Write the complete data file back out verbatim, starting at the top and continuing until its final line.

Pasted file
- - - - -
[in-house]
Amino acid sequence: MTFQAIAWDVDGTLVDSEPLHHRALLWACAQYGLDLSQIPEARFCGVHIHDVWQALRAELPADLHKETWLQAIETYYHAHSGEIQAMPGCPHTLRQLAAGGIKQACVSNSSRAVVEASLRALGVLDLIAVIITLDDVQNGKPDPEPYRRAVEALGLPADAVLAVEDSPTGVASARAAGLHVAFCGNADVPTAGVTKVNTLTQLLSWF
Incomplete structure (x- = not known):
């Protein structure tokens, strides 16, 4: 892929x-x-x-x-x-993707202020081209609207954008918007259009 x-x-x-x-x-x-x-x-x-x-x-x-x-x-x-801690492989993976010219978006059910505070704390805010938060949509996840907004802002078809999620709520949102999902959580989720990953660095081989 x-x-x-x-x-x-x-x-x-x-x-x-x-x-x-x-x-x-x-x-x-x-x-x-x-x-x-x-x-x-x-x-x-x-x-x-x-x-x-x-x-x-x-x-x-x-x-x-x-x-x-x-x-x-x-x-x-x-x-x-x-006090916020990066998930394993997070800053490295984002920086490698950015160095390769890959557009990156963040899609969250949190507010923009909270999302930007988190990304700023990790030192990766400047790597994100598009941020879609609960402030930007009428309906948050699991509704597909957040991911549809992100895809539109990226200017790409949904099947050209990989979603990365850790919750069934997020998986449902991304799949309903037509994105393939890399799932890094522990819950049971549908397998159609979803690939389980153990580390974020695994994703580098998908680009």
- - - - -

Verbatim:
[in-house]
Amino acid sequence: MTFQAIAWDVDGTLVDSEPLHHRALLWACAQYGLDLSQIPEARFCGVHIHDVWQALRAELPADLHKETWLQAIETYYHAHSGEIQAMPGCPHTLRQLAAGGIKQACVSNSSRAVVEASLRALGVLDLIAVIITLDDVQNGKPDPEPYRRAVEALGLPADAVLAVEDSPTGVASARAAGLHVAFCGNADVPTAGVTKVNTLTQLLSWF
Incomplete structure (x- = not known):
């Protein structure tokens, strides 16, 4: 892929x-x-x-x-x-993707202020081209609207954008918007259009 x-x-x-x-x-x-x-x-x-x-x-x-x-x-x-801690492989993976010219978006059910505070704390805010938060949509996840907004802002078809999620709520949102999902959580989720990953660095081989 x-x-x-x-x-x-x-x-x-x-x-x-x-x-x-x-x-x-x-x-x-x-x-x-x-x-x-x-x-x-x-x-x-x-x-x-x-x-x-x-x-x-x-x-x-x-x-x-x-x-x-x-x-x-x-x-x-x-x-x-x-006090916020990066998930394993997070800053490295984002920086490698950015160095390769890959557009990156963040899609969250949190507010923009909270999302930007988190990304700023990790030192990766400047790597994100598009941020879609609960402030930007009428309906948050699991509704597909957040991911549809992100895809539109990226200017790409949904099947050209990989979603990365850790919750069934997020998986449902991304799949309903037509994105393939890399799932890094522990819950049971549908397998159609979803690939389980153990580390974020695994994703580098998908680009």